<li>Cum sociis natoque penatibus et magnis dis parturient montes, nascetur ridiculus mus.</li>
        <li>Maecenas sed diam eget risus varius blandit sit amet non magna.</li>
        </ol>
        <p>Cras mattis consectetur purus sit amet fermentum. Sed posuere consectetur est at lobortis.</p>
    </div><!-- /.blog-post -->

    <div class="blog-post">
        <h2 class="blog-post-title">Another blog post</h2>
        <p class="blog-post-meta">December 23, 2013 by <a href="#">Jacob</a></p>

        <p>Cum sociis natoque penatibus et magnis <a href="#">dis parturient montes</a>, nascetur ridiculus mus. Aenean eu leo quam. Pellentesque ornare sem lacinia quam venenatis vestibulum. Sed posuere consectetur est at lobortis. Cras mattis consectetur purus sit amet fermentum.</p>
        <blockquote>
        <p>Curabitur blandit tempus porttitor. <strong>Nullam quis risus eget urna mollis</strong> ornare vel eu leo. Nullam id dolor id nibh ultricies vehicula ut id elit.</p>
        </blockquote>
        <p>Etiam porta <em>sem malesuada magna</em> mollis euismod. Cras mattis consectetur purus sit amet fermentum. Aenean lacinia bibendum nulla sed consectetur.</p>
        <p>Vivamus sagittis lacus vel augue laoreet rutrum faucibus dolor auctor. Duis mollis, est non commodo luctus, nisi erat porttitor ligula, eget lacinia odio sem nec elit. Morbi leo risus, porta ac consectetur ac, vestibulum at eros.</p>
    </div><!-- /.blog-post -->

    <div class="blog-post">
        <h2 class="blog-post-title">New feature</h2>
        <p class="blog-post-meta">December 14, 2013 by <a href="#">Chris</a></p>

        <p>Cum sociis natoque penatibus et magnis dis parturient montes, nascetur ridiculus mus. Aenean lacinia bibendum nulla sed consectetur. Etiam porta sem malesuada magna mollis euismod. Fusce dapibus, tellus ac cursus commodo, tortor mauris condimentum nibh, ut fermentum massa justo sit amet risus.</p>
        <ul>
            <li>Praesent commodo cursus magna, vel scelerisque nisl consectetur et.</li>
            <li>Donec id elit non mi porta gravida at eget metus.</li>
            <li>Nulla vitae elit libero, a pharetra augue.</li>
        </ul>
        <p>Etiam porta <em>sem malesuada magna</em> mollis euismod. Cras mattis consectetur purus sit amet fermentum. Aenean lacinia bibendum nulla sed consectetur.</p>
        <p>Donec ullamcorper nulla non metus auctor fringilla. Nulla vitae elit libero, a pharetra augue.</p>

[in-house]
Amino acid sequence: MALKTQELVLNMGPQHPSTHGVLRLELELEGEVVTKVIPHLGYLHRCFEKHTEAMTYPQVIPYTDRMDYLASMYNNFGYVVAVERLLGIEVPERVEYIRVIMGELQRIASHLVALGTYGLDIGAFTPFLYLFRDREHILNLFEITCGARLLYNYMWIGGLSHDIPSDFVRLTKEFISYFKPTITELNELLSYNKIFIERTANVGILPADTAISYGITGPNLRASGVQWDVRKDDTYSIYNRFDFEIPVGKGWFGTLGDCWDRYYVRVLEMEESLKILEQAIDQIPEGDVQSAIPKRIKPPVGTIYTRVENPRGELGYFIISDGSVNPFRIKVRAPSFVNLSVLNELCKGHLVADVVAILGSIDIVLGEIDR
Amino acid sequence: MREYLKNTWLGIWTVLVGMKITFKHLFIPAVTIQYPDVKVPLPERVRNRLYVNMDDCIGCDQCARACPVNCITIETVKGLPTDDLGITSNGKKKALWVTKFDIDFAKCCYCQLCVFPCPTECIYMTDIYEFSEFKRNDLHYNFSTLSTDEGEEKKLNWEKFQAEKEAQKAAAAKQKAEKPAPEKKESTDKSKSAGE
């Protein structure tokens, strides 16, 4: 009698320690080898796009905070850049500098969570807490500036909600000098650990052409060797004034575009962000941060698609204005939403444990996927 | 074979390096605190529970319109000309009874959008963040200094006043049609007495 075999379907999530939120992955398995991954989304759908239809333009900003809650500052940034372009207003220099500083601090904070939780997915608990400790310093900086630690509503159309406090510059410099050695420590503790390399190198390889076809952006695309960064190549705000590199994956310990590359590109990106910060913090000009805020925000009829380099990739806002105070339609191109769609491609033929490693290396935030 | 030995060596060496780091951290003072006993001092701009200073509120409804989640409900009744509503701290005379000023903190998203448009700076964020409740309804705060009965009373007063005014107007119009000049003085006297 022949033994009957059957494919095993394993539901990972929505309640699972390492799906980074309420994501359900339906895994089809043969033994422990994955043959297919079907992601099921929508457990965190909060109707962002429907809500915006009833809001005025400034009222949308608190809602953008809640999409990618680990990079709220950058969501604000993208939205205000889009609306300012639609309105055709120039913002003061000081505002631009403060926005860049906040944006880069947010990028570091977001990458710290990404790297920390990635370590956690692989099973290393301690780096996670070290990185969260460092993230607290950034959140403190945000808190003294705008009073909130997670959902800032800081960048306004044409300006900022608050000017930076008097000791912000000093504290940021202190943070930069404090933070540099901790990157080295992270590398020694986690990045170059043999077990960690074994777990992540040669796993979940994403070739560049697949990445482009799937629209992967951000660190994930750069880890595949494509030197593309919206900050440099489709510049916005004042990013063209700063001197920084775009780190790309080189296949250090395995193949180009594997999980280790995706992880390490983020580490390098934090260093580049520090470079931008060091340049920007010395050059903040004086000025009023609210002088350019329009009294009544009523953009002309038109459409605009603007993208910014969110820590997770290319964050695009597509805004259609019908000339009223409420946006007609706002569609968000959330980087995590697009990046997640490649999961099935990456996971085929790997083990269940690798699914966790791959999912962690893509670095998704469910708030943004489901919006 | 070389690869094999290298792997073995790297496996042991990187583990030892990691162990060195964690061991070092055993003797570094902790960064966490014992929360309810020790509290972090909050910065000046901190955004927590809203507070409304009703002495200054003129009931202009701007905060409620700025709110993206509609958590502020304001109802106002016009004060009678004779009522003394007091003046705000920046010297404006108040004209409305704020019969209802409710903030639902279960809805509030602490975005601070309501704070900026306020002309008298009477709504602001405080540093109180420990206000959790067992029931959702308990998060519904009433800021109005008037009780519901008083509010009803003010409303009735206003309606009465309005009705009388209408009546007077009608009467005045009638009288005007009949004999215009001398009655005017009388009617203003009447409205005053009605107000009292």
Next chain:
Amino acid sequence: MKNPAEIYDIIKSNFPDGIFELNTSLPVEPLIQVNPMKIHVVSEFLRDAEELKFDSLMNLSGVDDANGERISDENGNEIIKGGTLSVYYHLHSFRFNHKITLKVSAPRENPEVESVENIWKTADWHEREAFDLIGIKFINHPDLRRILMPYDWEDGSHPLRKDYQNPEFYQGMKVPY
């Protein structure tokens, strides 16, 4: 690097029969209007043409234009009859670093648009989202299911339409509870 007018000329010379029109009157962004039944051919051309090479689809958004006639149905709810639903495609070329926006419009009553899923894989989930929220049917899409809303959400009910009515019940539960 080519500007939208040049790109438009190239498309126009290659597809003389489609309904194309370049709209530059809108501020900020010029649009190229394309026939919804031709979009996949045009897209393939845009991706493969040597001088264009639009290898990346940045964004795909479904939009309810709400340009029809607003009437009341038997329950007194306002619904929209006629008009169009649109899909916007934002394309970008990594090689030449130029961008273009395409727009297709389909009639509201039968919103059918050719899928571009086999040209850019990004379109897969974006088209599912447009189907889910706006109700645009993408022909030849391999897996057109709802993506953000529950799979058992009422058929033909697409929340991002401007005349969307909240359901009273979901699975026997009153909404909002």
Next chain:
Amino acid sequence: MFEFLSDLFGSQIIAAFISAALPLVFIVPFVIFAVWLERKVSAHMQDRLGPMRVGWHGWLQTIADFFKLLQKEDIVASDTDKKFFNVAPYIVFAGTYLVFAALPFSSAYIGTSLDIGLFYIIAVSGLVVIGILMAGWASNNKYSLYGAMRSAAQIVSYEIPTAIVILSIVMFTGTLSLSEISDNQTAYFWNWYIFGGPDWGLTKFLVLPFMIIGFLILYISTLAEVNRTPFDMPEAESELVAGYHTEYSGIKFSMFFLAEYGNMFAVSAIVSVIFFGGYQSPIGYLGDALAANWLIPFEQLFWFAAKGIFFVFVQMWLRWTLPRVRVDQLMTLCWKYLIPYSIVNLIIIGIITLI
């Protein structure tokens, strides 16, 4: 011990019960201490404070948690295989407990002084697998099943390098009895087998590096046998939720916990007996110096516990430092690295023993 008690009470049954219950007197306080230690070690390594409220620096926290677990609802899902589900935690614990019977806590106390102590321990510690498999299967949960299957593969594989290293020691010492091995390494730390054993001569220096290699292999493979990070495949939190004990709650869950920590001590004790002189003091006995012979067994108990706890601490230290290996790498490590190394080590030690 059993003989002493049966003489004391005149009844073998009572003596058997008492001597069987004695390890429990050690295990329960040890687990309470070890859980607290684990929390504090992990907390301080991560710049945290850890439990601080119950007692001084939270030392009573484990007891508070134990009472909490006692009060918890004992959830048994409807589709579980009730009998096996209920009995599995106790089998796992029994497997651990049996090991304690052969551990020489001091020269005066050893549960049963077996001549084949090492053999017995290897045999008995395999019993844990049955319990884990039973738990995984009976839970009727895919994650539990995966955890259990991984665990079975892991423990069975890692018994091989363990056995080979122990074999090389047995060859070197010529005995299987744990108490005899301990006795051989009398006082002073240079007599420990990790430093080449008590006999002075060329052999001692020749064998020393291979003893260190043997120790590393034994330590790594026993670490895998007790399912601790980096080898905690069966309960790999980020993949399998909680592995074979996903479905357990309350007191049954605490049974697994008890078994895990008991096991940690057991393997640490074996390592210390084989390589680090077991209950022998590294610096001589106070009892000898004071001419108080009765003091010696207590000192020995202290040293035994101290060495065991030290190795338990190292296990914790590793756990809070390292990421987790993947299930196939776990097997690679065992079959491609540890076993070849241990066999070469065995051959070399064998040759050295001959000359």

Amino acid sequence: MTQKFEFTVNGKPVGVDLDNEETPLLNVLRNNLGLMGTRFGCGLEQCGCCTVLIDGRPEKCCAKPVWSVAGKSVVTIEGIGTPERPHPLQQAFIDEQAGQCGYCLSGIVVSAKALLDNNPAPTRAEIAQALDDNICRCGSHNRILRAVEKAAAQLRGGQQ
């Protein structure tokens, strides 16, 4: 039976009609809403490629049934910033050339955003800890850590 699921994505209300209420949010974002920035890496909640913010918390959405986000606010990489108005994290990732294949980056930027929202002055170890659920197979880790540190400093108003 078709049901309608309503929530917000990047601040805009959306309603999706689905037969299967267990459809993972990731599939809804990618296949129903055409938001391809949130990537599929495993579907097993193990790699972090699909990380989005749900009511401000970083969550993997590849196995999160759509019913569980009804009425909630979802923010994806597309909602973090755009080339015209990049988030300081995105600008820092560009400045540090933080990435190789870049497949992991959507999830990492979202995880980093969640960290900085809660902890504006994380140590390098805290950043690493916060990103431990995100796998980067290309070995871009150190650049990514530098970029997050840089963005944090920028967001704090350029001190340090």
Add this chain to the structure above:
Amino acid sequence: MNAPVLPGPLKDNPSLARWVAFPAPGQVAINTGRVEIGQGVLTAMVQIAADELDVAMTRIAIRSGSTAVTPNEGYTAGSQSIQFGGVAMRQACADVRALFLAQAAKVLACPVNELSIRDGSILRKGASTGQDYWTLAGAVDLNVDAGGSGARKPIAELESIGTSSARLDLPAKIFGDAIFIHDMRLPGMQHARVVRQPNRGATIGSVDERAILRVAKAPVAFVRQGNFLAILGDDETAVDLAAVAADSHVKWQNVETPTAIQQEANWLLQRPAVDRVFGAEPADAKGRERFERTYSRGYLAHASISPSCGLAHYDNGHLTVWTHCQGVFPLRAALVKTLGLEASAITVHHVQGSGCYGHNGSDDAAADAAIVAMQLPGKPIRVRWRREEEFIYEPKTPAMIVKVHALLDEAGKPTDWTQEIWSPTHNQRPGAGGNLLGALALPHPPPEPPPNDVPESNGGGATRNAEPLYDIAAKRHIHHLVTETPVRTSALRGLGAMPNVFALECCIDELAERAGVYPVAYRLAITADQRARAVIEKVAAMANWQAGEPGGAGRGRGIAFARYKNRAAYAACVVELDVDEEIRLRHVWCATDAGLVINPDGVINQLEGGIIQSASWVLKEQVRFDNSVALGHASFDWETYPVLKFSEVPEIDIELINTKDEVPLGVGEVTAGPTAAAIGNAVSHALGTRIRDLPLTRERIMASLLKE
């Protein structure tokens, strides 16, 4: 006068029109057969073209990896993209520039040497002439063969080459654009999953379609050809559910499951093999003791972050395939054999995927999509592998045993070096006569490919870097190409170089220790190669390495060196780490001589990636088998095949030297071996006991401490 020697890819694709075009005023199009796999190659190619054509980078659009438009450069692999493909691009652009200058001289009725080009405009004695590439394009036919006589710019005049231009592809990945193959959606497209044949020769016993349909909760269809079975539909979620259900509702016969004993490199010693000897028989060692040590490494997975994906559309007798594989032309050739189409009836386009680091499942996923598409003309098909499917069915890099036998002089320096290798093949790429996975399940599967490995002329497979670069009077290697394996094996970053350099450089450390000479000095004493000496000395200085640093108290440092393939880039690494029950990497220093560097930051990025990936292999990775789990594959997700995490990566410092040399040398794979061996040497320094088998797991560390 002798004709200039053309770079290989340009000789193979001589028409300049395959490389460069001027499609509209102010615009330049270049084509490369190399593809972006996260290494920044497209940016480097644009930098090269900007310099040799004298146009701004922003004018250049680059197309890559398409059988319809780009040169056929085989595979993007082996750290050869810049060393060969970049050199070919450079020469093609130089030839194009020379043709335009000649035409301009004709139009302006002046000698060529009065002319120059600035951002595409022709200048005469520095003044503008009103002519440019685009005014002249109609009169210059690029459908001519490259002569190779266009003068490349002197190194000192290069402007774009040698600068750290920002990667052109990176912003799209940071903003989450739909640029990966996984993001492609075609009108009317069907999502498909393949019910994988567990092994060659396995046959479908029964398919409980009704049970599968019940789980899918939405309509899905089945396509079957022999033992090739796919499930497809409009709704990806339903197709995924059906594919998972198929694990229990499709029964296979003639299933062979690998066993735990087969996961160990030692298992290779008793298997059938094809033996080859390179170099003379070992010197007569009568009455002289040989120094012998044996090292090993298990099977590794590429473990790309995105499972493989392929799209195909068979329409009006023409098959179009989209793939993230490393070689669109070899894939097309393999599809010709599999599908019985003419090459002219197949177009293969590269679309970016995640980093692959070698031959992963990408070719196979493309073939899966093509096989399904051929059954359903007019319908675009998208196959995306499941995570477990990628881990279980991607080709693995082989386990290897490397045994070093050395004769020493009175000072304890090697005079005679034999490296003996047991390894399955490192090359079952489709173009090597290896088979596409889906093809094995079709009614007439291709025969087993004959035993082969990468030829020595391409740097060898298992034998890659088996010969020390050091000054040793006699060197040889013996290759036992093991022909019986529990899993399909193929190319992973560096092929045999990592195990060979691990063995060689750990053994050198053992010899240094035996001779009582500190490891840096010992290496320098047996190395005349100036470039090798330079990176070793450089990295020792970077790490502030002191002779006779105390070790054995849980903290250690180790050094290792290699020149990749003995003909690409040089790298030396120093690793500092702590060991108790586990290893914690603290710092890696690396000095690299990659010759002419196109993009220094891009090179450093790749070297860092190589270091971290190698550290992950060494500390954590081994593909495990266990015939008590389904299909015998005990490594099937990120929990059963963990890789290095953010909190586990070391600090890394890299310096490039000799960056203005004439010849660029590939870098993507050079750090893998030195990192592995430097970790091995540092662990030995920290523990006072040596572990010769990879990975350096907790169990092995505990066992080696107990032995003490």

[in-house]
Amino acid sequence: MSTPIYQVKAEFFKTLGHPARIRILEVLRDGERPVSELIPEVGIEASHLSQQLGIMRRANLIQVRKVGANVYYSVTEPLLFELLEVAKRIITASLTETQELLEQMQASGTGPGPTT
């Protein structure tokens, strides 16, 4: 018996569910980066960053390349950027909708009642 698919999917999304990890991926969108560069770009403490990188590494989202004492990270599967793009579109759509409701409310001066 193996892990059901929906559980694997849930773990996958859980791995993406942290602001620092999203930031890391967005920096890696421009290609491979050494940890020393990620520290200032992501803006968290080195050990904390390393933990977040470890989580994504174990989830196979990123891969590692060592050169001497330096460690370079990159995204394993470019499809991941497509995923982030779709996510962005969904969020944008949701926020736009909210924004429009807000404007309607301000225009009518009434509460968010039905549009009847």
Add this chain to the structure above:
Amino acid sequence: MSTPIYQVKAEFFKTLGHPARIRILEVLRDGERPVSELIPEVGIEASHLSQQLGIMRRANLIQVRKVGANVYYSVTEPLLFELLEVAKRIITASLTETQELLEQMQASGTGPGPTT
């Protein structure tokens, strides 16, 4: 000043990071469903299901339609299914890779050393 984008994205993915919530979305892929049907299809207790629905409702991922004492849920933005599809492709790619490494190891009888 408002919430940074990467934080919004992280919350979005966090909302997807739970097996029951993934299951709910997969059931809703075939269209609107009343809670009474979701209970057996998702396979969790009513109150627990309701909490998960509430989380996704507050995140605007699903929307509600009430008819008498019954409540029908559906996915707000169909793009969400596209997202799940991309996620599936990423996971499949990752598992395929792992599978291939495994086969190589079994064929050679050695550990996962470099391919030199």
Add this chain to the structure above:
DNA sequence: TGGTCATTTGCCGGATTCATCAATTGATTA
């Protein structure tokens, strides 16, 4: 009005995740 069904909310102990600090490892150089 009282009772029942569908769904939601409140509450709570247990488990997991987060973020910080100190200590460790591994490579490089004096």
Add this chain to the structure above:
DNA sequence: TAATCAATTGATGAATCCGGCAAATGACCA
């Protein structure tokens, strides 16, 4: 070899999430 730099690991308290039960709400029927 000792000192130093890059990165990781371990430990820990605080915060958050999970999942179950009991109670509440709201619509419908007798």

</div><!-- /.blog-post -->

    <nav>
        <ul class="pager">
            <li><a href="#">Previous</a></li>
            <li><a href="#">Next</a></li>
        </ul>
    </nav>

</div><!-- /.blog-main -->

Now that the HTML code is all split into the correct files, lets edit each file and integrate it with WordPress.

Step 7: Edit header.php

Right now, your header.php file contains the static HTML content that we took from the Bootstrap example file, without any changes. We are now going to make the following edits:

  • Remove all references to any CSS files since we are using our enqueue functions and hooks to take care of including the style sheets.
  • We are also going to remove the meta tags (for author and description, since these can and should be added and managed using a plugin such as Yoast SEO) and the favicon (the favicon can be added using core WordPress functions as well).
  • Remove the <title> tag as well. We are going to let WordPress manage the title for us. For this, we need to make a small addition to our functions.php file – discussed below.
  • Use the language_attributes() function to display the language attributes for the <html> tag.
  • Use the bloginfo(‘charset’) function to display the encoding for pages and feeds set in Settings > Reading. It always echoes β€œUTF-8”, which is the default encoding of WordPress.
  • And lastly, use the wp_head() function right before the closing </head> tag. Any background functions and gathering of CSS and/or JS files etc. is performed by this function (hook) and this is crucial for the functionality and performance of most plugins.
  • Lastly, use the body_class() function which gives the body element different classes based on the page that is being generated.

So your final header.php file, for this tutorial, becomes:

<!DOCTYPE html>
<html <?php language_attributes(); ?>>
<head>
    <meta charset="<?php bloginfo( 'charset' ); ?>">
    <meta http-equiv="X-UA-Compatible" content="IE=edge">
    <meta name="viewport" content="width=device-width, initial-scale=1">

    <!-- HTML5 shim and Respond.js for IE8 support of HTML5 elements and media queries -->
    <!--[if lt IE 9]>
    <script src="https://oss.maxcdn.com/html5shiv/3.7.2/html5shiv.min.js"></script>
    <script src="https://oss.maxcdn.com/respond/1.4.2/respond.min.js"></script>
    <![endif]-->
    <?php wp_head(); ?>
</head>

<body <?php body_class(); ?>>

<div class="blog-masthead">
    <div class="container">
        <nav class="blog-nav">
            <a class="blog-nav-item active" href="#">Home</a>
            <a class="blog-nav-item" href="#">New features</a>
            <a class="blog-nav-item" href="#">Press</a>
            <a class="blog-nav-item" href="#">New hires</a>